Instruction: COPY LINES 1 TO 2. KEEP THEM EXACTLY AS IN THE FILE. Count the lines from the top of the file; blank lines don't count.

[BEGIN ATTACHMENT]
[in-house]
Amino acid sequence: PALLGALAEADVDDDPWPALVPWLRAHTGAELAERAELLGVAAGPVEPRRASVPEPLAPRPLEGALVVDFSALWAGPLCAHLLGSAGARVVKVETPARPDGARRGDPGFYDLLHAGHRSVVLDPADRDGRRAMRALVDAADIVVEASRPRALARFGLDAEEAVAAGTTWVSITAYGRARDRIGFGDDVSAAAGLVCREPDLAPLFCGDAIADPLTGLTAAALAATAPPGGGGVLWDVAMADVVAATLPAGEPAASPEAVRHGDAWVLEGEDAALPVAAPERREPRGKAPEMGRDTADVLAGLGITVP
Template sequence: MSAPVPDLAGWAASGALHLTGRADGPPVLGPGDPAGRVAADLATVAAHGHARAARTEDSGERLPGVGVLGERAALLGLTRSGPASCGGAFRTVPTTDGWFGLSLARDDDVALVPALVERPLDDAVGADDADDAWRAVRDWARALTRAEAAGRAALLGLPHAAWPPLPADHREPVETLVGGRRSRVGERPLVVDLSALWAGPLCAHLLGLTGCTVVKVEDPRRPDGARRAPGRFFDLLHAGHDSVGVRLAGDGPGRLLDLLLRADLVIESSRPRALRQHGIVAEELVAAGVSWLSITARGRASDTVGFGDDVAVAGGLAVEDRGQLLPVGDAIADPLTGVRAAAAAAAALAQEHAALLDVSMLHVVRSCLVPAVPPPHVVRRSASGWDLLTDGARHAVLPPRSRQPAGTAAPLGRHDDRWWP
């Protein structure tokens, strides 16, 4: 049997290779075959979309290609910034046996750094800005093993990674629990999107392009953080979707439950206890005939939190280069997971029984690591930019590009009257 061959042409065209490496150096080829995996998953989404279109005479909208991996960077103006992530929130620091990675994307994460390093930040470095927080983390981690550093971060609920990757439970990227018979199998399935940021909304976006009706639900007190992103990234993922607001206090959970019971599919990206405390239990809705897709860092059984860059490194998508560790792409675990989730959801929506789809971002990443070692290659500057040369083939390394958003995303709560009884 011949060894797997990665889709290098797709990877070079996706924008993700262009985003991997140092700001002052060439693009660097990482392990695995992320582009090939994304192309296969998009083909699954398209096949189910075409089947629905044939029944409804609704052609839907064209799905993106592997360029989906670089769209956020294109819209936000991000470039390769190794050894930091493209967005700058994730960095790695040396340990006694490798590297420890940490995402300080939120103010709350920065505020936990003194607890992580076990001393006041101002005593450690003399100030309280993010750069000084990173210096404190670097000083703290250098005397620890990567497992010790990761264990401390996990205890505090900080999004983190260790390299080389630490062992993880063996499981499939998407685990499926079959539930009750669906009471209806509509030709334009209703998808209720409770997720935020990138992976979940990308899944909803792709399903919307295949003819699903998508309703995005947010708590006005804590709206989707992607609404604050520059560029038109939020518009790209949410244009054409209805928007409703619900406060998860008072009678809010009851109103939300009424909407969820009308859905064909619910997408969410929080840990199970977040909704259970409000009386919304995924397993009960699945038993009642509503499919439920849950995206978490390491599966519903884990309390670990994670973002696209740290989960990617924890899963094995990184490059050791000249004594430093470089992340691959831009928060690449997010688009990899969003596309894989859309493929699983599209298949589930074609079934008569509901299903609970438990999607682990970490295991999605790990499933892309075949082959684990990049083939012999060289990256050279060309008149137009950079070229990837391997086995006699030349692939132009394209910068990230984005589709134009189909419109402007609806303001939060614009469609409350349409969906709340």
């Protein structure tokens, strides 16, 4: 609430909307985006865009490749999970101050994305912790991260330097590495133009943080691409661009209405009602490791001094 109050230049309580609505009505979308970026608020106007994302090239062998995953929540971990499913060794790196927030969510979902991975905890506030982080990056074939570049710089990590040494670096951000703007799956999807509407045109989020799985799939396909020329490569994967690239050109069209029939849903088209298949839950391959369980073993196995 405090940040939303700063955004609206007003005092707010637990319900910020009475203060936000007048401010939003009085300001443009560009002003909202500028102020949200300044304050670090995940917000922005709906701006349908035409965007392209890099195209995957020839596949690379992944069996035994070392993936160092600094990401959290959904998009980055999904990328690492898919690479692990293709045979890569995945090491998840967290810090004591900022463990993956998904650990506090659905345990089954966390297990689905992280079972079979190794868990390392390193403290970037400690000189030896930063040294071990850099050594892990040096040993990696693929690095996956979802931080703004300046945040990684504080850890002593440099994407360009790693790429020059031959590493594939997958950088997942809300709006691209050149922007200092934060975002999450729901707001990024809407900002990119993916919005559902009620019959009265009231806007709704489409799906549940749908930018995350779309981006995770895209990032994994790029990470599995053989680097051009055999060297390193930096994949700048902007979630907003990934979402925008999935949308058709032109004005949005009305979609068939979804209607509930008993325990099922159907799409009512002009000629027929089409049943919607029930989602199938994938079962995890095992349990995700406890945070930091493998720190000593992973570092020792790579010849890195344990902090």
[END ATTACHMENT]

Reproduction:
[in-house]
Amino acid sequence: PALLGALAEADVDDDPWPALVPWLRAHTGAELAERAELLGVAAGPVEPRRASVPEPLAPRPLEGALVVDFSALWAGPLCAHLLGSAGARVVKVETPARPDGARRGDPGFYDLLHAGHRSVVLDPADRDGRRAMRALVDAADIVVEASRPRALARFGLDAEEAVAAGTTWVSITAYGRARDRIGFGDDVSAAAGLVCREPDLAPLFCGDAIADPLTGLTAAALAATAPPGGGGVLWDVAMADVVAATLPAGEPAASPEAVRHGDAWVLEGEDAALPVAAPERREPRGKAPEMGRDTADVLAGLGITVP